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Re: "unChopping" oddity
*To*: mathgroup at christensen.cybernetics.net
*Subject*: [mg742] Re: "unChopping" oddity
*From*: rknapp (Robert Knapp)
*Date*: 12 Apr 1995 13:56:47 GMT
*Organization*: The Santa Fe Institute
In article <3md0p3$830 at news0.cybernetics.net> Preston Nichols <pdn at godel.math.cmu.edu> writes:
> Dear mathgroup:
>
> I have encountered some strange behavior (session below) in which
> Graphics3D seems to introduce 15 "new" significant digits in some
> coordinates. The session below is from version 2.2 for SPARC, but I
> also got exactly the same behavior from version 2.0 for NeXT.
>
> Can anyone else reproduce this? What do you make of it?
>
> Preston Nichols
> Department of Mathematics
> Carnegie Mellon University
>
> ----------------------------------------------
> unix18 1 $ math
> Mathematica 2.2 for SPARC
> Copyright 1988-93 Wolfram Research, Inc.
> -- Terminal graphics initialized --
>
> In[1]:= myline = Line[{{0, 0, 0}, {1, 0, 0}}];
>
> In[2]:= divide[{a_,b_}] := Table[(1-t) a + t b, {t,0,1,0.2}]
>
> General::spell1:
> Possible spelling error: new symbol name "divide"
> is similar to existing symbol "Divide".
>
> In[3]:= Map[divide,Graphics3D[myline], {2,2}]//InputForm
>
> Out[3]//InputForm=
> Graphics3D[Line[{{0, 0, 0}, {0.2, 0, 0}, {0.4, 0, 0},
> {0.6000000000000001, 0, 0}, {0.8, 0, 0}, {1., 0, 0}}]]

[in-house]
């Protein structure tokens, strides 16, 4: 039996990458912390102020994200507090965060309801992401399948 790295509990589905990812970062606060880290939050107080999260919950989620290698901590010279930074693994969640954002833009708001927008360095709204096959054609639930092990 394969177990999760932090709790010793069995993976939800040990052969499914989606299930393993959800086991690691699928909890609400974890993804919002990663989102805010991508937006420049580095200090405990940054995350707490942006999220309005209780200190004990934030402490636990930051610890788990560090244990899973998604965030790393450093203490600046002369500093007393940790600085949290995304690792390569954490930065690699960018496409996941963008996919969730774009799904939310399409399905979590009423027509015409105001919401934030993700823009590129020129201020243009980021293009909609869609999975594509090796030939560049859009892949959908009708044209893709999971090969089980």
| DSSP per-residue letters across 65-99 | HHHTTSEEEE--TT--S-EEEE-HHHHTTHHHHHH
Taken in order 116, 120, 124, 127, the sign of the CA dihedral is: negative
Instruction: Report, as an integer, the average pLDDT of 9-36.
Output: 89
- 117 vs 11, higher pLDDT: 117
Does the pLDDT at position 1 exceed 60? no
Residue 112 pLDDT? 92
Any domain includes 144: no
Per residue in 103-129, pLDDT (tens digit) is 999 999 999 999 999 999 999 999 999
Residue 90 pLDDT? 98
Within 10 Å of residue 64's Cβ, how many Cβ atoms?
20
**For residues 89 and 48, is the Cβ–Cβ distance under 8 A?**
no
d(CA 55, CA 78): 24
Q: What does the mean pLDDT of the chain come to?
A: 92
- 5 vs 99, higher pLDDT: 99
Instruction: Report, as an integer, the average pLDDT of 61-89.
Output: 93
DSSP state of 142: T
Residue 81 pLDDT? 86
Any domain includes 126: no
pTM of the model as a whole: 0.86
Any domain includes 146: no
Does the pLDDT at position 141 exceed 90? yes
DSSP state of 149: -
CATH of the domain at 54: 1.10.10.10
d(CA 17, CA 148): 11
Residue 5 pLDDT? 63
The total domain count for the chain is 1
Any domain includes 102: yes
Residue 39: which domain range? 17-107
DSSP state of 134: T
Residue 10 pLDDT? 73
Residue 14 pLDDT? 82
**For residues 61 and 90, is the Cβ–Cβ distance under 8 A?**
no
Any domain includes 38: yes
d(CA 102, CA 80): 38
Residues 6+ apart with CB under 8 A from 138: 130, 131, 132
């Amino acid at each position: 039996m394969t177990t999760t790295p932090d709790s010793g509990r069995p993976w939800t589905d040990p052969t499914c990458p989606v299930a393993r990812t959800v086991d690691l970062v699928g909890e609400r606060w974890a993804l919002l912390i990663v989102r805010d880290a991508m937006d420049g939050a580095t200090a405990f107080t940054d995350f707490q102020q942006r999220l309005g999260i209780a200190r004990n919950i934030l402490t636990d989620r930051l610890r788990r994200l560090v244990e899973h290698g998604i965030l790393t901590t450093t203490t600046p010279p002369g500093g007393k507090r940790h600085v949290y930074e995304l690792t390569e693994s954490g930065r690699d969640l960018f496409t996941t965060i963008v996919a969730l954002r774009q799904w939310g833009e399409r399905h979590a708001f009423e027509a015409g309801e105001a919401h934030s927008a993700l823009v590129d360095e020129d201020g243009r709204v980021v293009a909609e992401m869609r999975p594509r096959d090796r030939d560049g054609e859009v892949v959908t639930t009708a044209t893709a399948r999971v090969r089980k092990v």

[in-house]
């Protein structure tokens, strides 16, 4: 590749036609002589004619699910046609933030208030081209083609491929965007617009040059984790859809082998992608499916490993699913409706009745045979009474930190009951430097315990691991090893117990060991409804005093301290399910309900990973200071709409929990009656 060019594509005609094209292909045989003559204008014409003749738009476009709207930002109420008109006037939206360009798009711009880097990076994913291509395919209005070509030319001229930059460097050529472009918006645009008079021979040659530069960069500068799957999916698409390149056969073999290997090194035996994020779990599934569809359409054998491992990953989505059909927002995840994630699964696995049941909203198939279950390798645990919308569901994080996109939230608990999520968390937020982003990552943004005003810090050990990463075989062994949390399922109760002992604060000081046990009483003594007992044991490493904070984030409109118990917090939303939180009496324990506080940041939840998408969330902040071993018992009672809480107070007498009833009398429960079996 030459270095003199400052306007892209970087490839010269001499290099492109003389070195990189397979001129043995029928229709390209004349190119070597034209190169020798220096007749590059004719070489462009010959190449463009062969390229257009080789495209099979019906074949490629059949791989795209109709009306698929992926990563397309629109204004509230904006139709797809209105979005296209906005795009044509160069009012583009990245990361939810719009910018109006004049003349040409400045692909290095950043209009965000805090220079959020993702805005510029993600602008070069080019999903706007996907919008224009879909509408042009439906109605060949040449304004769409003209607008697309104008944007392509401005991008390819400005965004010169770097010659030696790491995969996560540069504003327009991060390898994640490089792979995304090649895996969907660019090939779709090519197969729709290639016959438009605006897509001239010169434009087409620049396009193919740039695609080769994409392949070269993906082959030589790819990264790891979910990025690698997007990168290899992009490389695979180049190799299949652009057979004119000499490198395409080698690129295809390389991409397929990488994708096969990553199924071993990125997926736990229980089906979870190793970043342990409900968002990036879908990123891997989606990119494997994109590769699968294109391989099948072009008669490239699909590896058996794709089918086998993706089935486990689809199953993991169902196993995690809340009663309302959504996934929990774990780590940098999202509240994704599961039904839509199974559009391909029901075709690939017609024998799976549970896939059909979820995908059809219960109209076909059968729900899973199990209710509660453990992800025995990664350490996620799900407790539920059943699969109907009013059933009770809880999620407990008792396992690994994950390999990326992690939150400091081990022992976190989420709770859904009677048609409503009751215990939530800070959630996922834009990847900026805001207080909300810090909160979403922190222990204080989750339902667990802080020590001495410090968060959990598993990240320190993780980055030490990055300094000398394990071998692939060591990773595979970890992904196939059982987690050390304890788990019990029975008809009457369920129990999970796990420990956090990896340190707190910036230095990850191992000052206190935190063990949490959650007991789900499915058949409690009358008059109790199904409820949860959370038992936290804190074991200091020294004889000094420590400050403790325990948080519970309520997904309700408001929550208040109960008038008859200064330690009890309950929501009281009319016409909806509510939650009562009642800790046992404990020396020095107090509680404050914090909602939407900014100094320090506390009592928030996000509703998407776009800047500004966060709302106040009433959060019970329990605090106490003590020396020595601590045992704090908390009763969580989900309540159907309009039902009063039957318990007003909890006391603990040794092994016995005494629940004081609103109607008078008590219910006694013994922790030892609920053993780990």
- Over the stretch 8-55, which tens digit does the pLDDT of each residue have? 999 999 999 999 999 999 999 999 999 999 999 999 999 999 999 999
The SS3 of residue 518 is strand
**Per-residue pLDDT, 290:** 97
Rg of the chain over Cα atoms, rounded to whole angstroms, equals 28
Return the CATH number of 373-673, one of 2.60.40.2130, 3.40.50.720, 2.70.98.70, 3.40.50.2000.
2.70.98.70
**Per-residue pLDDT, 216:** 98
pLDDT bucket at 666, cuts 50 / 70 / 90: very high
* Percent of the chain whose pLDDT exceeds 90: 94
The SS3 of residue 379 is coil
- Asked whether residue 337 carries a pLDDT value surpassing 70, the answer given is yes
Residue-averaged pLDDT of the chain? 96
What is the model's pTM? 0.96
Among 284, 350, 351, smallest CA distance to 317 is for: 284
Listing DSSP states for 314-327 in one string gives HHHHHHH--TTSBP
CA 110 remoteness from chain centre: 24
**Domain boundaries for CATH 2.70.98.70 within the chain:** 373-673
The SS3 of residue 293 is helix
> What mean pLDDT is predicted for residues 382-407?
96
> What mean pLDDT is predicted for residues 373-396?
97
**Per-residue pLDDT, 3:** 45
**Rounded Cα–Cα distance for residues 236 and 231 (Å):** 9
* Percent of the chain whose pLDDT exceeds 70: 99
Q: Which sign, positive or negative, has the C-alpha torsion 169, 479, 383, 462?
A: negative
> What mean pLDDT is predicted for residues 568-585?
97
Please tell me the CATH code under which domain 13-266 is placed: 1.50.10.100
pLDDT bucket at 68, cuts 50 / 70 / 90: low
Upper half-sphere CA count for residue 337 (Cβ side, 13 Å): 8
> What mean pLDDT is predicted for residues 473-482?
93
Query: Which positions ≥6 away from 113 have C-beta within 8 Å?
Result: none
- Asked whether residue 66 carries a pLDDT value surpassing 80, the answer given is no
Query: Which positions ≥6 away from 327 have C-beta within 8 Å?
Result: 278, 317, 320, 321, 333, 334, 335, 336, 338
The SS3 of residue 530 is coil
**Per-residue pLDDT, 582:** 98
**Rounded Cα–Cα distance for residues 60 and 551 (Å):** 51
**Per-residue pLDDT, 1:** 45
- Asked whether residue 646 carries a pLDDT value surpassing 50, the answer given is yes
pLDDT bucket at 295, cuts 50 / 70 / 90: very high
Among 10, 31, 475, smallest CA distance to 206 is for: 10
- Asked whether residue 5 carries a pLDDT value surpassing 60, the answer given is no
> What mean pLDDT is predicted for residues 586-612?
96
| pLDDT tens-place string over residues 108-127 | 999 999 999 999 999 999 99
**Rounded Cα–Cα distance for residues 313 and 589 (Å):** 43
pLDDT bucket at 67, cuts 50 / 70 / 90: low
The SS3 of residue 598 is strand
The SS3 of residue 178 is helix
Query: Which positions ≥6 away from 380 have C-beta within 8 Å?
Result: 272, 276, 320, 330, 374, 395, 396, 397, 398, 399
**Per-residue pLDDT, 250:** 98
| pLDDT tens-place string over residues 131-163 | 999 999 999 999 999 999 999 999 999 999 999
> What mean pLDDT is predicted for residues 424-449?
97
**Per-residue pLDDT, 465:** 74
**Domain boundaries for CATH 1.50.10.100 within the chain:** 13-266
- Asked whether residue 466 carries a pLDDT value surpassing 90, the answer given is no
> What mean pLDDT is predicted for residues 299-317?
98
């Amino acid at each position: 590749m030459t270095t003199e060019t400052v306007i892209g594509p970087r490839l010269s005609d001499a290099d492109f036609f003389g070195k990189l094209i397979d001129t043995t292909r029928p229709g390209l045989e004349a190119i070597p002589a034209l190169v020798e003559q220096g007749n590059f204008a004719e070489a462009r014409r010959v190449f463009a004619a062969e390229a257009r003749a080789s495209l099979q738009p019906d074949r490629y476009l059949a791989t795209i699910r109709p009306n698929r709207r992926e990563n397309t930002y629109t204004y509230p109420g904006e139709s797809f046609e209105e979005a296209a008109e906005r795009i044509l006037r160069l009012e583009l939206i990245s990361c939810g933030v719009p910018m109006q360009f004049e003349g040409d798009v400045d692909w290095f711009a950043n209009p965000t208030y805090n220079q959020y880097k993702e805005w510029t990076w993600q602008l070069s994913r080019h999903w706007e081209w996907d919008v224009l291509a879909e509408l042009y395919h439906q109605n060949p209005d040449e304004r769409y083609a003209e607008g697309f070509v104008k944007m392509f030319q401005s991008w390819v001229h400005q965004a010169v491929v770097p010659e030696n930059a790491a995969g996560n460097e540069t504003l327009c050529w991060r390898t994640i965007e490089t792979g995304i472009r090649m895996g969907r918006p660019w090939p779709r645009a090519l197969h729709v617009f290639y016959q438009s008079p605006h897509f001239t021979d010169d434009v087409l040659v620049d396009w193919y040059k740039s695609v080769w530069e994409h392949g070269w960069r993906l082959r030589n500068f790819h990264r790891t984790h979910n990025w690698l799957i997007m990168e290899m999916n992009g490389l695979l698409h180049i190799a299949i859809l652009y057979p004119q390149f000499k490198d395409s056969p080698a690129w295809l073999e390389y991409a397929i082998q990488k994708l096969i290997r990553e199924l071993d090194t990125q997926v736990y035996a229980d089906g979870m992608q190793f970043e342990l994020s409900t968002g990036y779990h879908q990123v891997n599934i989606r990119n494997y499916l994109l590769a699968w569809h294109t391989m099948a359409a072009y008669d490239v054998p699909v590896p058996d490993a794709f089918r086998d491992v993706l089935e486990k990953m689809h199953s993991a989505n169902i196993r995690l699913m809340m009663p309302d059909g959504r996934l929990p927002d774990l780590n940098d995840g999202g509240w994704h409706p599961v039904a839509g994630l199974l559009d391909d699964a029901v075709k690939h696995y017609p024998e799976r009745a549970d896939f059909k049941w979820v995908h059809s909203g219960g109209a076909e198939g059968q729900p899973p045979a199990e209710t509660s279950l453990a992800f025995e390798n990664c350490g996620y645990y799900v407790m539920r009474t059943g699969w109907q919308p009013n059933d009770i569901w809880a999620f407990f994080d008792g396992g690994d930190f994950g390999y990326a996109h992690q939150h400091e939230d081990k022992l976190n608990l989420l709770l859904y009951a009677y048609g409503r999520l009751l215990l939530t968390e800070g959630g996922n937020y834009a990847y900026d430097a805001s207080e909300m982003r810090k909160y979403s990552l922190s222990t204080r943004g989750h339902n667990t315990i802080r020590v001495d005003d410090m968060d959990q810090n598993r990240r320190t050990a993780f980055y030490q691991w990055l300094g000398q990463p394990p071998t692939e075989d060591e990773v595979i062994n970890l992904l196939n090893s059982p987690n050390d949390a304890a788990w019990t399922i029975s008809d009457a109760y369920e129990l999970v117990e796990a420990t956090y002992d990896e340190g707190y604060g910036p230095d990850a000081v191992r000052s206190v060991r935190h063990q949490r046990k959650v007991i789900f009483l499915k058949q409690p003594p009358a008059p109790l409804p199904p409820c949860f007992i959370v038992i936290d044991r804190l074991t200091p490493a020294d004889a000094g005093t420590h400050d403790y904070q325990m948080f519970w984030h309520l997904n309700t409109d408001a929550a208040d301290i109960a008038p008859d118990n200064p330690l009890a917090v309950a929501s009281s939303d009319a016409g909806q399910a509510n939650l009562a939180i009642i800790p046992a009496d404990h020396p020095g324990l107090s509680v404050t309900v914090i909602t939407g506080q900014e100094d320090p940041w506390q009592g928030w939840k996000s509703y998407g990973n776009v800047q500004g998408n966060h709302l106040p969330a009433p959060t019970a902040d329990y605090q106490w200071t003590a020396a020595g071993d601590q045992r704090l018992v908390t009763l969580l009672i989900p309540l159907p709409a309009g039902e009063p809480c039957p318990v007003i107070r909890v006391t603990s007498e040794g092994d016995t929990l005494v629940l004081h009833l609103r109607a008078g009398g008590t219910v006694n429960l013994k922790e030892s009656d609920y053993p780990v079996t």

>
> In[4]:= Map[divide,myline]
>
> Out[4]= Line[{{0, 0, 0}, {0.2, 0, 0}, {0.4, 0, 0}, {0.6, 0, 0},
> {0.8, 0, 0}, {1., 0, 0}}]
>
> In[5]:= %//Graphics3D//InputForm
>
> Out[5]//InputForm=
> Graphics3D[Line[{{0, 0, 0}, {0.2, 0, 0}, {0.4, 0, 0},
> {0.6000000000000001, 0, 0}, {0.8, 0, 0}, {1., 0, 0}}]]
>
This is not an effect of Graphics3D. It arises from the interaction
of floating point numbers and InputForm. Floating point arithmetic is
allowed to produce errors in the last bit. Thus, if you added two
floating point numbers and expect 6/10, you may well get something
slightly different. The idea of InputForm is to format the result in
way suitable for input to Mathematica such that this input would
prduce as close an expression as possible. For floating point
numbers, this means giving all the digits.
Here is an example (on a SPARC 5)
In[2]:= a = .2 + .4
Out[2]= 0.6
In[3]:= InputForm[a]
Out[3]//InputForm= 0.6000000000000001
In[4]:= InputForm[b = 0.6]
Out[4]//InputForm= 0.6
In[5]:= a-b
-16
Out[5]= 1.11022 10
The point is that the output form rounds off the digits to make the
numbers easier to read. However, if InputForm did this, one could get
unpredictable results from reinputting such output.
Because the floating point processors are different on different
machines, you may not see the same output on your machine.
Rob Knapp
WRI
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